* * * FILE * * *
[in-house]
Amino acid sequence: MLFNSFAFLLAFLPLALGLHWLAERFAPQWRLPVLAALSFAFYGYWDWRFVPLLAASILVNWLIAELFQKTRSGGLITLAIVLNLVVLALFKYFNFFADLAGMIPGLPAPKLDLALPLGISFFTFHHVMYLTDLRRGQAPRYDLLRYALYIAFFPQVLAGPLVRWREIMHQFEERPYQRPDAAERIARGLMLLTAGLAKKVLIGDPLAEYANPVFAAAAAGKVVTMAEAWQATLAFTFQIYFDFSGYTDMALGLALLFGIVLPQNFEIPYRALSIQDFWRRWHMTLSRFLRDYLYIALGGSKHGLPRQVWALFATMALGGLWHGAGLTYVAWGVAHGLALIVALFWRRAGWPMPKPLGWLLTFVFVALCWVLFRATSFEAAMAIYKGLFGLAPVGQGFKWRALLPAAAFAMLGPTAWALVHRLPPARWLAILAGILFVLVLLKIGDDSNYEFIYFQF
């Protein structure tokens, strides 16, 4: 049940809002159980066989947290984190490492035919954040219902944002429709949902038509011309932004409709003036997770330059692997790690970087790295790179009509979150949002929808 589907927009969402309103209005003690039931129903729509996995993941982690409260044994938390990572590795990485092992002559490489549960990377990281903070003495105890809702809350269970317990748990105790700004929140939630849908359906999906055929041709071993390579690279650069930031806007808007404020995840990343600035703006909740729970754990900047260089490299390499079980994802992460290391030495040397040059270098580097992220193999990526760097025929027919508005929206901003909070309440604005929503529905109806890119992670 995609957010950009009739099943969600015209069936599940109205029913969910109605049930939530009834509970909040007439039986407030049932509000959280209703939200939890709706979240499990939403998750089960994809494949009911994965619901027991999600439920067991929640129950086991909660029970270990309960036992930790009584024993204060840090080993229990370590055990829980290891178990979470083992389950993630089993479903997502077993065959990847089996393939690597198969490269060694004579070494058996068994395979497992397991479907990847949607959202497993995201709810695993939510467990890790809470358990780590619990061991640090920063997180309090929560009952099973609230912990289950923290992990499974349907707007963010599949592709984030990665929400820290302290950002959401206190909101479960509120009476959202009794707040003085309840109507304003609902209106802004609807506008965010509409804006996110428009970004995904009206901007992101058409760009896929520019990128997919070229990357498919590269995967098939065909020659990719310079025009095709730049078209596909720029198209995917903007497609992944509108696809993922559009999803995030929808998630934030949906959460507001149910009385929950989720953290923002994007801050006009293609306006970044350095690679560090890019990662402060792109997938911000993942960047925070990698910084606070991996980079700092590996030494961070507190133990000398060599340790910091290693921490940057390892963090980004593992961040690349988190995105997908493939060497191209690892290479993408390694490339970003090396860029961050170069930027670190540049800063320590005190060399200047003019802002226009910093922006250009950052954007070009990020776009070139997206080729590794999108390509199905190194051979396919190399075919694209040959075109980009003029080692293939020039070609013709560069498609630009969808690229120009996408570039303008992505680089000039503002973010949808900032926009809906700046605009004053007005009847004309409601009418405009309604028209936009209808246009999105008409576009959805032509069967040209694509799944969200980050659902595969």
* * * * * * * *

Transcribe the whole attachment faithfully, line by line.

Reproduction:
[in-house]
Amino acid sequence: MLFNSFAFLLAFLPLALGLHWLAERFAPQWRLPVLAALSFAFYGYWDWRFVPLLAASILVNWLIAELFQKTRSGGLITLAIVLNLVVLALFKYFNFFADLAGMIPGLPAPKLDLALPLGISFFTFHHVMYLTDLRRGQAPRYDLLRYALYIAFFPQVLAGPLVRWREIMHQFEERPYQRPDAAERIARGLMLLTAGLAKKVLIGDPLAEYANPVFAAAAAGKVVTMAEAWQATLAFTFQIYFDFSGYTDMALGLALLFGIVLPQNFEIPYRALSIQDFWRRWHMTLSRFLRDYLYIALGGSKHGLPRQVWALFATMALGGLWHGAGLTYVAWGVAHGLALIVALFWRRAGWPMPKPLGWLLTFVFVALCWVLFRATSFEAAMAIYKGLFGLAPVGQGFKWRALLPAAAFAMLGPTAWALVHRLPPARWLAILAGILFVLVLLKIGDDSNYEFIYFQF
């Protein structure tokens, strides 16, 4: 049940809002159980066989947290984190490492035919954040219902944002429709949902038509011309932004409709003036997770330059692997790690970087790295790179009509979150949002929808 589907927009969402309103209005003690039931129903729509996995993941982690409260044994938390990572590795990485092992002559490489549960990377990281903070003495105890809702809350269970317990748990105790700004929140939630849908359906999906055929041709071993390579690279650069930031806007808007404020995840990343600035703006909740729970754990900047260089490299390499079980994802992460290391030495040397040059270098580097992220193999990526760097025929027919508005929206901003909070309440604005929503529905109806890119992670 995609957010950009009739099943969600015209069936599940109205029913969910109605049930939530009834509970909040007439039986407030049932509000959280209703939200939890709706979240499990939403998750089960994809494949009911994965619901027991999600439920067991929640129950086991909660029970270990309960036992930790009584024993204060840090080993229990370590055990829980290891178990979470083992389950993630089993479903997502077993065959990847089996393939690597198969490269060694004579070494058996068994395979497992397991479907990847949607959202497993995201709810695993939510467990890790809470358990780590619990061991640090920063997180309090929560009952099973609230912990289950923290992990499974349907707007963010599949592709984030990665929400820290302290950002959401206190909101479960509120009476959202009794707040003085309840109507304003609902209106802004609807506008965010509409804006996110428009970004995904009206901007992101058409760009896929520019990128997919070229990357498919590269995967098939065909020659990719310079025009095709730049078209596909720029198209995917903007497609992944509108696809993922559009999803995030929808998630934030949906959460507001149910009385929950989720953290923002994007801050006009293609306006970044350095690679560090890019990662402060792109997938911000993942960047925070990698910084606070991996980079700092590996030494961070507190133990000398060599340790910091290693921490940057390892963090980004593992961040690349988190995105997908493939060497191209690892290479993408390694490339970003090396860029961050170069930027670190540049800063320590005190060399200047003019802002226009910093922006250009950052954007070009990020776009070139997206080729590794999108390509199905190194051979396919190399075919694209040959075109980009003029080692293939020039070609013709560069498609630009969808690229120009996408570039303008992505680089000039503002973010949808900032926009809906700046605009004053007005009847004309409601009418405009309604028209936009209808246009999105008409576009959805032509069967040209694509799944969200980050659902595969």